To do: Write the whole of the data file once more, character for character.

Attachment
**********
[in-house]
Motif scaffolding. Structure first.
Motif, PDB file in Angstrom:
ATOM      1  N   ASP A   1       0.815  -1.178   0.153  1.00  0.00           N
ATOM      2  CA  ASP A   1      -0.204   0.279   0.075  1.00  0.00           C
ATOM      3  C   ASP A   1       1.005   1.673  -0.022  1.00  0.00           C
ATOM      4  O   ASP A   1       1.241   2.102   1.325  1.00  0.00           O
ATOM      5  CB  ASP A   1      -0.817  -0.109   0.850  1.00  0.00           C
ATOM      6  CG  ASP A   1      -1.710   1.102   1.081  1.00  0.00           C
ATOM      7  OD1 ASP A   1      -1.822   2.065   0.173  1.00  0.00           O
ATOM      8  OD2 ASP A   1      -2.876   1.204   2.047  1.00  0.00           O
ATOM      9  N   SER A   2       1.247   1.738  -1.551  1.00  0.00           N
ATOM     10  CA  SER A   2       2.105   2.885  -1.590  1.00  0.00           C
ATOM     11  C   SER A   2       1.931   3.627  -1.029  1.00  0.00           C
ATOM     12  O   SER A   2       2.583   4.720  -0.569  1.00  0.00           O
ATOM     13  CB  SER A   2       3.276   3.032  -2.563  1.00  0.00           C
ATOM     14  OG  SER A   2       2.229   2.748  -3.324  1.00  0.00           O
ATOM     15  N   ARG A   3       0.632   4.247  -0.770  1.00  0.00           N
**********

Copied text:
[in-house]
Motif scaffolding. Structure first.
Motif, PDB file in Angstrom:
ATOM      1  N   ASP A   1       0.815  -1.178   0.153  1.00  0.00           N
ATOM      2  CA  ASP A   1      -0.204   0.279   0.075  1.00  0.00           C
ATOM      3  C   ASP A   1       1.005   1.673  -0.022  1.00  0.00           C
ATOM      4  O   ASP A   1       1.241   2.102   1.325  1.00  0.00           O
ATOM      5  CB  ASP A   1      -0.817  -0.109   0.850  1.00  0.00           C
ATOM      6  CG  ASP A   1      -1.710   1.102   1.081  1.00  0.00           C
ATOM      7  OD1 ASP A   1      -1.822   2.065   0.173  1.00  0.00           O
ATOM      8  OD2 ASP A   1      -2.876   1.204   2.047  1.00  0.00           O
ATOM      9  N   SER A   2       1.247   1.738  -1.551  1.00  0.00           N
ATOM     10  CA  SER A   2       2.105   2.885  -1.590  1.00  0.00           C
ATOM     11  C   SER A   2       1.931   3.627  -1.029  1.00  0.00           C
ATOM     12  O   SER A   2       2.583   4.720  -0.569  1.00  0.00           O
ATOM     13  CB  SER A   2       3.276   3.032  -2.563  1.00  0.00           C
ATOM     14  OG  SER A   2       2.229   2.748  -3.324  1.00  0.00           O
ATOM     15  N   ARG A   3       0.632   4.247  -0.770  1.00  0.00           N